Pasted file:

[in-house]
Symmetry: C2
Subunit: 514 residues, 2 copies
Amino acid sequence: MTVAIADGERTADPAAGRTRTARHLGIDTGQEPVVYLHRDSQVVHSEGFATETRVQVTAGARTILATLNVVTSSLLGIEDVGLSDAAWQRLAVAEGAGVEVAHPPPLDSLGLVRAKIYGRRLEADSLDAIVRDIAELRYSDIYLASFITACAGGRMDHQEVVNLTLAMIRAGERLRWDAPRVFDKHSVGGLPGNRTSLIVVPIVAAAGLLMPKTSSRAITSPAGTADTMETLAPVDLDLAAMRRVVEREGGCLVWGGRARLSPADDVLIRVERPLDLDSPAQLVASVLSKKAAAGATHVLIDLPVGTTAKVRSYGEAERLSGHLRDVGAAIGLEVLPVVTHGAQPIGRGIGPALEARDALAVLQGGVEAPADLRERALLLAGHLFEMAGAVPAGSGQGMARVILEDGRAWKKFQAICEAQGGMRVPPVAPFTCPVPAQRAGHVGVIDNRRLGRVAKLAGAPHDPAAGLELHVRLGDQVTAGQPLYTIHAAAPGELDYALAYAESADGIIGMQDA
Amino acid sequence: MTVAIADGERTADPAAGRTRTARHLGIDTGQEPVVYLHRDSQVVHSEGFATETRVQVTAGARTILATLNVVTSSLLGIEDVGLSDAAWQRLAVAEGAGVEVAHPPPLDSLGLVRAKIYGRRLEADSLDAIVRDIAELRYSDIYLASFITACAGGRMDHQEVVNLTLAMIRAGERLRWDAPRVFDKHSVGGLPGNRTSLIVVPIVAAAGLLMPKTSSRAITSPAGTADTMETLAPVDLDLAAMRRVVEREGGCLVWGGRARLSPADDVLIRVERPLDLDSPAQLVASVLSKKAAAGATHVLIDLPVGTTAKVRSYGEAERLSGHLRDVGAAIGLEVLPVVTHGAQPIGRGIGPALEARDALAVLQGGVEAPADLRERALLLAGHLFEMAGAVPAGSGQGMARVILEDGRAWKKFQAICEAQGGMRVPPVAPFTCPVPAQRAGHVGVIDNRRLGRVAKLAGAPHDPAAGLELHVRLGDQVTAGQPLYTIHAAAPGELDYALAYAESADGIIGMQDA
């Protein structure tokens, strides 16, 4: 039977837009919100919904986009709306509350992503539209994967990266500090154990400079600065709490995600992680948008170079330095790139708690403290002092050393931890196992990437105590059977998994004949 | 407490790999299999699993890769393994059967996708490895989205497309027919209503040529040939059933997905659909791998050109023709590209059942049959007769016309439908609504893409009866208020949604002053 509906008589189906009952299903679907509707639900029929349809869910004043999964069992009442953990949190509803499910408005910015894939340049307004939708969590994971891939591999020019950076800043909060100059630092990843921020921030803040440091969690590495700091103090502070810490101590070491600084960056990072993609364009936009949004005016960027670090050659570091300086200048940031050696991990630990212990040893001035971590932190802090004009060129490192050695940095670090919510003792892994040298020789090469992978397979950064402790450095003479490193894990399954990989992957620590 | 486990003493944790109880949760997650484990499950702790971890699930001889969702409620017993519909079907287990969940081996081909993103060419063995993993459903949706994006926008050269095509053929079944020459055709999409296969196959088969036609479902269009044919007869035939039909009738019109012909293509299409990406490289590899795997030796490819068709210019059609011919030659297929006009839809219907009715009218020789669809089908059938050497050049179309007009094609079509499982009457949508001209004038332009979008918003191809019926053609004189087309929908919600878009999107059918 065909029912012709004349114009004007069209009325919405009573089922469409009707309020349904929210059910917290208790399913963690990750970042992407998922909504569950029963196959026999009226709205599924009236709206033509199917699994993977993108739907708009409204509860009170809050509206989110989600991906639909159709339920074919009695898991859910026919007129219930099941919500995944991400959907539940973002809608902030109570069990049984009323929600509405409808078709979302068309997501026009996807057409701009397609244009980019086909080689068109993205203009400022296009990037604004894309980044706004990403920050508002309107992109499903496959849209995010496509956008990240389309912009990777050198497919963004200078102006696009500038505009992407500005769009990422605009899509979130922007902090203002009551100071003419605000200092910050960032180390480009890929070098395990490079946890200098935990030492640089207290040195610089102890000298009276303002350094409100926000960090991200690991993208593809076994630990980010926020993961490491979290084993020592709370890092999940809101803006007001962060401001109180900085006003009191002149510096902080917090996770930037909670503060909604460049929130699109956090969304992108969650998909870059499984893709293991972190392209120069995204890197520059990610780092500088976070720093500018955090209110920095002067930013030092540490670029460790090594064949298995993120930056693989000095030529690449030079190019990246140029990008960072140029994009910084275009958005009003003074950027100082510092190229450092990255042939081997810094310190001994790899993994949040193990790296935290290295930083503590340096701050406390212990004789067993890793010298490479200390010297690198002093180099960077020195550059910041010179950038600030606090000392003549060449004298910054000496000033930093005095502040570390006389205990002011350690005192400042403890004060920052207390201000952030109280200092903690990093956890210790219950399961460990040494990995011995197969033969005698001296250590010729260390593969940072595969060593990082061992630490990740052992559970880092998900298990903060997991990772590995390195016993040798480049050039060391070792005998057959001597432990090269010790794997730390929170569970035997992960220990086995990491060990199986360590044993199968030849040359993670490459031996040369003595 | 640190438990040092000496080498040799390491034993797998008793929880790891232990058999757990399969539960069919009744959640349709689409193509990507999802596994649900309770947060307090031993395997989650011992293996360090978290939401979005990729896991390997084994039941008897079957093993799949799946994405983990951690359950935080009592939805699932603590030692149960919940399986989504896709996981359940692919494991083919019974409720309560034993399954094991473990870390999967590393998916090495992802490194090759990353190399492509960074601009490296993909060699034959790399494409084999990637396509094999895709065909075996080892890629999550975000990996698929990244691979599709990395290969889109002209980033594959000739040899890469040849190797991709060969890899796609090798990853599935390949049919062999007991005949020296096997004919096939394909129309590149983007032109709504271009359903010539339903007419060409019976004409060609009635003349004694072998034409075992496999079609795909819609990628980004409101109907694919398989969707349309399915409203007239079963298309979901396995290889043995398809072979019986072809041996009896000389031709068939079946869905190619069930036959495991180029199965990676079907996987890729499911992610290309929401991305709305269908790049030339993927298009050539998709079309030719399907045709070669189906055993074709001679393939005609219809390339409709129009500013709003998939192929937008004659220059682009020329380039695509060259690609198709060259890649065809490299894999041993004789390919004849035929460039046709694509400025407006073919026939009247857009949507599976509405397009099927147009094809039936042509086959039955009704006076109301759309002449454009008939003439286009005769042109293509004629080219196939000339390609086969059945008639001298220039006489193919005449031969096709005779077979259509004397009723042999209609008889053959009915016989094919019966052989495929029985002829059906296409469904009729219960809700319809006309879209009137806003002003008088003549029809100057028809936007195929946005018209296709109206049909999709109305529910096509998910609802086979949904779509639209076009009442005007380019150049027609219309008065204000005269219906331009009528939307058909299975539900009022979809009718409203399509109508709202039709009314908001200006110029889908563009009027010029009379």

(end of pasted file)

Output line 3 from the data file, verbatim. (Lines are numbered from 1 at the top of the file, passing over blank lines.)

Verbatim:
Subunit: 514 residues, 2 copies